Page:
The FRC found that:

  • One in ten companies did not provide a modern slavery statement at all, and therefore failed to comply with the s.54 reporting requirement.
  • Where companies did comply, the majority of statements were fragmented, lacking a clear focus and narrative, or were unduly complicated.
  • Key performance indicators (KPIs) to measure the effectiveness of the steps taken to minimise modern slavery risks is an area where disclosure was particularly poor. Only a quarter of companies disclosed results against their KPIs and just 12% confirmed they have made informed decisions based on those KPIs.
  • Within modern slavery statements, less than half of companies provided a clear and comprehensive discussion of modern slavery concerns in the context of their organisational structure, operating and supply chains.
  • A similar proportion of companies (46%) described their policies on slavery and human trafficking in an informative manner.
  • The vast majority of modern slavery statements were wholly backward-looking, with only a minority clearly identifying emerging issues or a long-term strategy. This finding is consistent with companies opting for a reactive, rather than proactive, approach to addressing modern slavery risks.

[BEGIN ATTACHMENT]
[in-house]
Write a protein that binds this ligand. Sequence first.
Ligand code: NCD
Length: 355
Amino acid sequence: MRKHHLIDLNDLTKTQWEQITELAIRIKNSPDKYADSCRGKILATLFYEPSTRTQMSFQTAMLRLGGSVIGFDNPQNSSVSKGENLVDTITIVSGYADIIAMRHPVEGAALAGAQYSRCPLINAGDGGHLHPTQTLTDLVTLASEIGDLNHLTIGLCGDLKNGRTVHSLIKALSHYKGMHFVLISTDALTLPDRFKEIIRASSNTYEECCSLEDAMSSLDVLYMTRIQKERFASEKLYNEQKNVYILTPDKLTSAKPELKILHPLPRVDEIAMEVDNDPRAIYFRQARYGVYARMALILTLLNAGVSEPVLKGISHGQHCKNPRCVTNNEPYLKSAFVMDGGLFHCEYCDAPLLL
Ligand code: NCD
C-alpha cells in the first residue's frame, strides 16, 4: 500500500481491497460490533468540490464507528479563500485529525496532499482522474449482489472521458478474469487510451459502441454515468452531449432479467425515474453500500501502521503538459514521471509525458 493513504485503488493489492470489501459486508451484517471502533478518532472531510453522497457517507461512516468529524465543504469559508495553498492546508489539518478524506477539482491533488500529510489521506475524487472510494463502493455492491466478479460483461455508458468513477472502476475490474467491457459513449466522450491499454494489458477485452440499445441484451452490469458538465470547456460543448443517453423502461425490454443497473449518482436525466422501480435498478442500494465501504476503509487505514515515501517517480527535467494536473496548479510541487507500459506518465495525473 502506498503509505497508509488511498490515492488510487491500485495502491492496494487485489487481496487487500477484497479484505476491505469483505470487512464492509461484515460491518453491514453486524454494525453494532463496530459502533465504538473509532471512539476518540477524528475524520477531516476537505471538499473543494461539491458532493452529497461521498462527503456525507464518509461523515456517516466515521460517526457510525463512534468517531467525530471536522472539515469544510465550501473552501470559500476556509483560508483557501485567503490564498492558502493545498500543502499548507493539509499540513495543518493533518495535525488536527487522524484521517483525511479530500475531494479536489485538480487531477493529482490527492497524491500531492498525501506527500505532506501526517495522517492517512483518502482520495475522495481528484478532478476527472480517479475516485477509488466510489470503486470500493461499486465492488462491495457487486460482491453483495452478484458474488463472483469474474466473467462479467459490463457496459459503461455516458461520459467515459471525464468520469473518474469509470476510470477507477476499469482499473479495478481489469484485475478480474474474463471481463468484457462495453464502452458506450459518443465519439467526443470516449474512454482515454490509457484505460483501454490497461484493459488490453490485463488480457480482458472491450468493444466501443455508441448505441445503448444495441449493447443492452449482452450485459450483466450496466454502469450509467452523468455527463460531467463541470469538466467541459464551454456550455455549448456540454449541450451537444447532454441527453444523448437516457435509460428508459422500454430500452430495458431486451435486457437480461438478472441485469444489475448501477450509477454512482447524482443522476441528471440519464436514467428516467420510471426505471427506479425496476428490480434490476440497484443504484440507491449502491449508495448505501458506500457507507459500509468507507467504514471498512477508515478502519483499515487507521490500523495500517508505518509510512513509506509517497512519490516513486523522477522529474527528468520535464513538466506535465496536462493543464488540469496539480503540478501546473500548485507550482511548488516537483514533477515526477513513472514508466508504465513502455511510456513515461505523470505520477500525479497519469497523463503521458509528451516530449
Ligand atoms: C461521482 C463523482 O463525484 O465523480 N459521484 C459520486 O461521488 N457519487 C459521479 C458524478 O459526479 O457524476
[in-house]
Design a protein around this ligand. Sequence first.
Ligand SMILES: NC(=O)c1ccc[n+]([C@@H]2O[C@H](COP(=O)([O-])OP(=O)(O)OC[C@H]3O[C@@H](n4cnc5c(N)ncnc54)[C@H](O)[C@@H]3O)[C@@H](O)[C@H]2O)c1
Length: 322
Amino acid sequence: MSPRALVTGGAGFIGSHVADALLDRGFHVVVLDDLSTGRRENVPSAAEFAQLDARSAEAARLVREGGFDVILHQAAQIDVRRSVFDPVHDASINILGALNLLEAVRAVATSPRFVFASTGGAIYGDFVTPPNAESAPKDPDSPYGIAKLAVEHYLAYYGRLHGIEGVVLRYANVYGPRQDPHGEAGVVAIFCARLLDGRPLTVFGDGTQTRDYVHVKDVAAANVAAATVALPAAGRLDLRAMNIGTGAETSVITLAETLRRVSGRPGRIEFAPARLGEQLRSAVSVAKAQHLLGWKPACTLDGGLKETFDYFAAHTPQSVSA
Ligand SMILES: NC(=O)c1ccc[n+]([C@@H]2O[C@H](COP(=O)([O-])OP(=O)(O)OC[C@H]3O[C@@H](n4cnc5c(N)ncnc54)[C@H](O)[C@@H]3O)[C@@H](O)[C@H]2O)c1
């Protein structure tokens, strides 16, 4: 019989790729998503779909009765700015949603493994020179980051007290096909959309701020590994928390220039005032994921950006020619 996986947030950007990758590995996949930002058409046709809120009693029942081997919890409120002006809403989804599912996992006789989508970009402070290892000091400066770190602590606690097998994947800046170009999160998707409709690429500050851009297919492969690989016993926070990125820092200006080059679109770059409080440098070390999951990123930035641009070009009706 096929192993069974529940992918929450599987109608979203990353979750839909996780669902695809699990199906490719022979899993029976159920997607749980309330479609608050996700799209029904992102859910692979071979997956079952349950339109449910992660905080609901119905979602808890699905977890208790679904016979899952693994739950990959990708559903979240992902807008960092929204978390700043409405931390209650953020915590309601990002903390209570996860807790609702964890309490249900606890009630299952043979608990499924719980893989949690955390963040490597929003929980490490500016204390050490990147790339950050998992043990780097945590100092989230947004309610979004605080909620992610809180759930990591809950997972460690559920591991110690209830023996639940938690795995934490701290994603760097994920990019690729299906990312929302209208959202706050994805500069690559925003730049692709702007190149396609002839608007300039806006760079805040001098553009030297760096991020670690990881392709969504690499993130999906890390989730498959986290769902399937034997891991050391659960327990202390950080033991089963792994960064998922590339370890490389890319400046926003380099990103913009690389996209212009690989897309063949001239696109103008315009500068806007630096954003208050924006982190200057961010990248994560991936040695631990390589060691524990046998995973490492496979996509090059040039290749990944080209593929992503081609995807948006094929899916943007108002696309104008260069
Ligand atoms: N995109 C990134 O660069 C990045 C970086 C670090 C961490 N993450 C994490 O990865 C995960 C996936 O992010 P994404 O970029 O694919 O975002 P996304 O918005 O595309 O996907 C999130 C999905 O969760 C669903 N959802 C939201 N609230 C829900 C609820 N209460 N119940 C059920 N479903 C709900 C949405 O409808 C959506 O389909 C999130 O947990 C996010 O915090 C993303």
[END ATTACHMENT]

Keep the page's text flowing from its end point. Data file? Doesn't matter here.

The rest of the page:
These findings are in stark contrast with financial due diligence where compliance rates for filing confirmation statements and annual reports have been between 96% and 99% between 2012 and 2020. The high compliance rate for financial due diligence is likely due to the enforcement regime in place where a failure to file accounts on time is a criminal offence which can result in fines of up to £7,500, companies being struck off the register, and directors being held in breach of their duty. Clearly, for companies to take HRDD seriously, there must be penalties for failure to carry out effective HRDD. Otherwise, goods involving child labour will continue to be brought into the British market.